Management Goals

Wisconsin's Water Quality Standards provide qualitative and quantitative goals for waters that are protective of Fishable, Swimmable conditions [Learn more]. Waters that do not meet water quality standards are considered impaired and restoration actions are planned and carried out until the water is once again fishable and swimmable

Management goals can include creation or implementation of a Total Maximum Daily Load analysis, a Nine Key Element Plan, or other restoration work, education and outreach and more. If specific recommendations exist for this water, they will be displayed below online.


Monitoring the condition of a river, stream, or lake includes gathering physical, chemical, biological, and habitat data. Comprehensive studies often gather all these parameters in great detail, while lighter assessment events will involve sampling physical, chemical and biological data such as macroinvertebrates. Aquatic macroinvertebrates and fish communities integrate watershed or catchment condition, providing great insight into overall ecosystem health. Chemical and habitat parameters tell researchers more about human induced problems including contaminated runoff, point source dischargers, or habitat issues that foster or limit the potential of aquatic communities to thrive in a given area. Wisconsin's Water Monitoring Strategy was recenty updated.

Grants and Management Projects

Monitoring Projects

Watershed Characteristics

Rush River is located in the Rush River watershed which is 289.57 miĀ². Land use in the watershed is primarily agricultural (42.10%), forest (24.30%) and a mix of grassland (23.40%) and other uses (10.10%). This watershed has 599.35 stream miles, 191.91 lake acres and 2,372.17 wetland acres.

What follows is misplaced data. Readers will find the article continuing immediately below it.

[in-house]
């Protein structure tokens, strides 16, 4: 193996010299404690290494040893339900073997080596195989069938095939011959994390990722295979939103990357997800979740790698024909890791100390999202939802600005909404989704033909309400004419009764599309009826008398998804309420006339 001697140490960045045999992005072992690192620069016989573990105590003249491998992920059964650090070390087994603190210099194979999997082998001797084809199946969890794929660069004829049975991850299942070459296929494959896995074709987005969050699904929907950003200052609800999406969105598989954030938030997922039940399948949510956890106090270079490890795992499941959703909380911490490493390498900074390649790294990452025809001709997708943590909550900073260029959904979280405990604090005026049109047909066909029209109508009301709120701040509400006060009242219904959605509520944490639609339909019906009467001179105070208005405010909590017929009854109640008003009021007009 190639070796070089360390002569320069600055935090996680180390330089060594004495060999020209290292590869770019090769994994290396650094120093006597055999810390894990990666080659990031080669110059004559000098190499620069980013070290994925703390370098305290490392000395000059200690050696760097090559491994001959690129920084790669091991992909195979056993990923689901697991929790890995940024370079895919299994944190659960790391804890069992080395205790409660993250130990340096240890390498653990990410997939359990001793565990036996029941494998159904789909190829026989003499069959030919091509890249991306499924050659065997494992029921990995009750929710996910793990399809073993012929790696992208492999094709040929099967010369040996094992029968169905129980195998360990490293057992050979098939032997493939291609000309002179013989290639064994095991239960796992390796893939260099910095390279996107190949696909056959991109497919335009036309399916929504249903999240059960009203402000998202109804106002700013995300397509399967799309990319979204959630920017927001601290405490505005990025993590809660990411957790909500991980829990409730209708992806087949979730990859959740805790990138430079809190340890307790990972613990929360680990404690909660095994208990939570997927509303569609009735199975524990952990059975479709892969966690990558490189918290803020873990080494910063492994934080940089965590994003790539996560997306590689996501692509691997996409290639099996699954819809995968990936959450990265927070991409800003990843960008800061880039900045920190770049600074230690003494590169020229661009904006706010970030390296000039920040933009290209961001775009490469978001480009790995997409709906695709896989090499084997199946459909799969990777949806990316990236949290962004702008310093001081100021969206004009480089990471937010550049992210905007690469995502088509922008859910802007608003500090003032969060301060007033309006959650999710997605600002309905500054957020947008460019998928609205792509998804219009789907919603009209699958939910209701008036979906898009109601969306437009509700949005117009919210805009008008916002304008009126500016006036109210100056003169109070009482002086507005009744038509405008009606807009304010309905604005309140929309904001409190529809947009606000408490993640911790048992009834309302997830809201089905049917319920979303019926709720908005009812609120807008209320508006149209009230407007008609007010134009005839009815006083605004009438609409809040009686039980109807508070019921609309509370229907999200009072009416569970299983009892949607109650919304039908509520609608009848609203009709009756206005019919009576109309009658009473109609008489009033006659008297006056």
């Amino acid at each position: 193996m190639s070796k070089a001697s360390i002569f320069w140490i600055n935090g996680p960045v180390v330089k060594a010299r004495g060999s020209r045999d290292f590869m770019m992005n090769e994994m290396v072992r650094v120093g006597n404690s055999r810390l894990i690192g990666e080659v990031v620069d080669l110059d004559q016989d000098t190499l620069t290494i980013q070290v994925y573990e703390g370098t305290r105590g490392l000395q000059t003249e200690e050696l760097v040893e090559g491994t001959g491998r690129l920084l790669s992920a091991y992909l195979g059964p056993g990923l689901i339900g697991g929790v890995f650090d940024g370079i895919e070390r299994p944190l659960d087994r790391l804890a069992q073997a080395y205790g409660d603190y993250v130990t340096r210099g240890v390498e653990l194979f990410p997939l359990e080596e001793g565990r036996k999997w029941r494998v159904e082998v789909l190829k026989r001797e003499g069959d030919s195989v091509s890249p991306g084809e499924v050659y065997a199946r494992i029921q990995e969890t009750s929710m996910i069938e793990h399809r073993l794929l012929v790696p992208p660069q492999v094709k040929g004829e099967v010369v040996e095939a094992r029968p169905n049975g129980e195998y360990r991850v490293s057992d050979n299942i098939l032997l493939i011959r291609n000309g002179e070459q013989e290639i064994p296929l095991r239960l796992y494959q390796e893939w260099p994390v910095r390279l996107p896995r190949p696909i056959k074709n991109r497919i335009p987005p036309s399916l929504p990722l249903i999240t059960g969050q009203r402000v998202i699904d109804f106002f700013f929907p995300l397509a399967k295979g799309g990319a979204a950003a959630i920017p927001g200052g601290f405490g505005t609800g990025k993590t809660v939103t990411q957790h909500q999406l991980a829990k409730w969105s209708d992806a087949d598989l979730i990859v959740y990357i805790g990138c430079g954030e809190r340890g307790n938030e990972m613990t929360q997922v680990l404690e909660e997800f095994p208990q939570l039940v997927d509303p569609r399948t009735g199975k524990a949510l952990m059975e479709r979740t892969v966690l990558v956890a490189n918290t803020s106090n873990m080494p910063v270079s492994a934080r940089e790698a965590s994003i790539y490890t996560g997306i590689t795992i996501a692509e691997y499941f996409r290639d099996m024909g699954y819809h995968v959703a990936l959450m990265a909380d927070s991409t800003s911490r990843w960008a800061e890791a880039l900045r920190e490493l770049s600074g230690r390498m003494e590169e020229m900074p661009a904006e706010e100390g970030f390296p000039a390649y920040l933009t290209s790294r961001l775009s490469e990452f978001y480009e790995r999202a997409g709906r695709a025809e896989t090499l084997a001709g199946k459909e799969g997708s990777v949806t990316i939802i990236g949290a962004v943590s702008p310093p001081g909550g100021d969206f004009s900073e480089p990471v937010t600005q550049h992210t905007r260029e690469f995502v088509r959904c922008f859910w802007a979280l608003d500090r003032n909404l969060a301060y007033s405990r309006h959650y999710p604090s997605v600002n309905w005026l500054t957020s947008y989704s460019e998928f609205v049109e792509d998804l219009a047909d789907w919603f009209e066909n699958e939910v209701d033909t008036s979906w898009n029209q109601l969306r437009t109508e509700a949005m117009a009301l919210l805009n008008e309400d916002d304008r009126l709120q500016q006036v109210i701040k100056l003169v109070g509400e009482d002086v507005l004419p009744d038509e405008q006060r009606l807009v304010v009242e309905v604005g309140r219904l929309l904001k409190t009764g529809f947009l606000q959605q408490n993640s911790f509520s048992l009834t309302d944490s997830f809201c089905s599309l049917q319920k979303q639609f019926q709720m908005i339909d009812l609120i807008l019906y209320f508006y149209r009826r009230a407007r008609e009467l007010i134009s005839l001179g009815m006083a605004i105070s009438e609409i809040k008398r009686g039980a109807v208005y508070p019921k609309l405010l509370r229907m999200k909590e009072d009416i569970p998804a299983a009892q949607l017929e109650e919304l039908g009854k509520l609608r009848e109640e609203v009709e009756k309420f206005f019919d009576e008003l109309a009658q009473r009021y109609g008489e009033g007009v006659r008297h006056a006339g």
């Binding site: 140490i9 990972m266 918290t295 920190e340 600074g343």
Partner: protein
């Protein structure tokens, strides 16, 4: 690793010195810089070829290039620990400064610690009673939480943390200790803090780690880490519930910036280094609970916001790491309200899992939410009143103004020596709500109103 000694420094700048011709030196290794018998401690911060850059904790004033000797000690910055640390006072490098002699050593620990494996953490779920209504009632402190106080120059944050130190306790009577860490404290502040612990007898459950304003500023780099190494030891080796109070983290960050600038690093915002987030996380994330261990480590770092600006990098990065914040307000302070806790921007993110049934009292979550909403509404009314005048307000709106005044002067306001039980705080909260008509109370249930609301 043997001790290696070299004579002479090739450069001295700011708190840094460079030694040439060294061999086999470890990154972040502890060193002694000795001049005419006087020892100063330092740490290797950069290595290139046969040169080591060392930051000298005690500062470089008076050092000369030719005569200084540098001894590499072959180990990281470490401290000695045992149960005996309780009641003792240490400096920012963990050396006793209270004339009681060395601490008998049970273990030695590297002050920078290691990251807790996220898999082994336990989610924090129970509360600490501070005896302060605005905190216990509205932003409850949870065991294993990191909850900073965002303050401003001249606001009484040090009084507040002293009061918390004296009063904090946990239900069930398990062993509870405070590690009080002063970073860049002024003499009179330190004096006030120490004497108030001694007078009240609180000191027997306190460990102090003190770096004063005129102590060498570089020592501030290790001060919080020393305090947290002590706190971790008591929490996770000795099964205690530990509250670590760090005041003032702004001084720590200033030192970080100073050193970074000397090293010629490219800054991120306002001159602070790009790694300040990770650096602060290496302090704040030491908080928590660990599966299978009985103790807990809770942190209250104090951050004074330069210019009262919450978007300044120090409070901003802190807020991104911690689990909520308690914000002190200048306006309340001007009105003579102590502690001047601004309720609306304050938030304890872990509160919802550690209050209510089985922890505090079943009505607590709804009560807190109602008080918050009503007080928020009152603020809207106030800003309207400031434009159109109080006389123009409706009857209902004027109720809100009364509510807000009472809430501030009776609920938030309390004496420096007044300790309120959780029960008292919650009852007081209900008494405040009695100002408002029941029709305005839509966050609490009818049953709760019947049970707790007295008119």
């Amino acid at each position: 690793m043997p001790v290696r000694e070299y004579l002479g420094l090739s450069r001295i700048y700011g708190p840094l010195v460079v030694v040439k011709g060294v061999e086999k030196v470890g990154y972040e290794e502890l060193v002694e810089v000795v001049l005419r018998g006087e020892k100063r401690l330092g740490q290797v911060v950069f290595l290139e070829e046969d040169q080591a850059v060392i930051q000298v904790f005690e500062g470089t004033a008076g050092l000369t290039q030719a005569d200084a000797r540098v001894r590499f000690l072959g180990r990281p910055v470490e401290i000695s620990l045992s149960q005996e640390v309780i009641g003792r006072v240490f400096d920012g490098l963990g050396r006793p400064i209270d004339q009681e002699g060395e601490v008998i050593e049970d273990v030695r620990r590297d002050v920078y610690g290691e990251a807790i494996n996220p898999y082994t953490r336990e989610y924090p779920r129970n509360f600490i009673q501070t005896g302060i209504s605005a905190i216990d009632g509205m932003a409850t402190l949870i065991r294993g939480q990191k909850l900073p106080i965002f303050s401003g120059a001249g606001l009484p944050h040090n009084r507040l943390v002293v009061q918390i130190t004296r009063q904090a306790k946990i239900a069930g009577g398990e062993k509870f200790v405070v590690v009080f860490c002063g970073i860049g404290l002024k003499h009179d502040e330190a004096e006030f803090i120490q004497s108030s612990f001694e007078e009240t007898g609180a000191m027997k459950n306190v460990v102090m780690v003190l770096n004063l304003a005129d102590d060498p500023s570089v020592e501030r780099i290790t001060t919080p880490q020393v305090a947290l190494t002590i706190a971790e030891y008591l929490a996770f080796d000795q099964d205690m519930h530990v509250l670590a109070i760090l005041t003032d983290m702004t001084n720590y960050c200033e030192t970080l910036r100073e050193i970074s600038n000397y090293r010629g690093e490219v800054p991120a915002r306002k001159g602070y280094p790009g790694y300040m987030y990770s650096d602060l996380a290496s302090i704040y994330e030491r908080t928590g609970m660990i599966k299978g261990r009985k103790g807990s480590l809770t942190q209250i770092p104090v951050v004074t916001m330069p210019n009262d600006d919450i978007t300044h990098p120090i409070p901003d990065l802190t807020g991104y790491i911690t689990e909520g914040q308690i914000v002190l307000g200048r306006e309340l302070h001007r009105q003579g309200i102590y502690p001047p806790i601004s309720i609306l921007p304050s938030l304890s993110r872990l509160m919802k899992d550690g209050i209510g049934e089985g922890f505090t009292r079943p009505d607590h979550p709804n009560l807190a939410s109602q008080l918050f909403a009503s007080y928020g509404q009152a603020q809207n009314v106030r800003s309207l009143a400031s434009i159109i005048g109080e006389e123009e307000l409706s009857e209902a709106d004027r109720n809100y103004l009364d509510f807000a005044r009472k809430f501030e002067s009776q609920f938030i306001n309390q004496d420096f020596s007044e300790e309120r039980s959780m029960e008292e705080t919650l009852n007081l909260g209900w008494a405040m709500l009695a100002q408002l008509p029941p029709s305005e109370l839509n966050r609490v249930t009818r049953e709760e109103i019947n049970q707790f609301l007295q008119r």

Nonpoint Source Characteristics

This watershed is ranked Medium for runoff impacts on streams, Not Ranked for runoff impacts on lakes and High for runoff impacts on groundwater and therefore has an overall rank of High. This value can be used in ranking the watershed or individual waterbodies for grant funding under state and county programs.However, all waters are affected by diffuse pollutant sources regardless of initial water quality. Applications for specific runoff projects under state or county grant programs may be pursued. For more information, go to surface water program grants.

Natural Community

Rush River is considered a Cool-Cold Mainstem under the state's Natural Community Determinations.

Natural communities (stream and lake natural communities) represent model resultsand DNR staff valiation processes that confirm or update predicted conditions based on flow and temperature modeling from historic and current landscape features and related variables. Predicated flow and temperatures for waters are associated predicated fish assemblages (communities). Biologists evaluate the model results against current survey data to determine if the modeled results are corect and whether biological indicators show water quaity degradation. This analysis is a core component of the state's resource management framework. Wisconsin's Riverine Natural Communities.

Cool (Cold-Transition) Mainstem streams are moderate-to-large but still wadeable perennial streams with cold to cool summer temperatures. Coldwater fishes are common to uncommon, transitional fishes are abundant to common, and warm water fishes are uncommon to absent. Headwater species are common to absent, mainstem species are abundant to common, and river species are common to absent.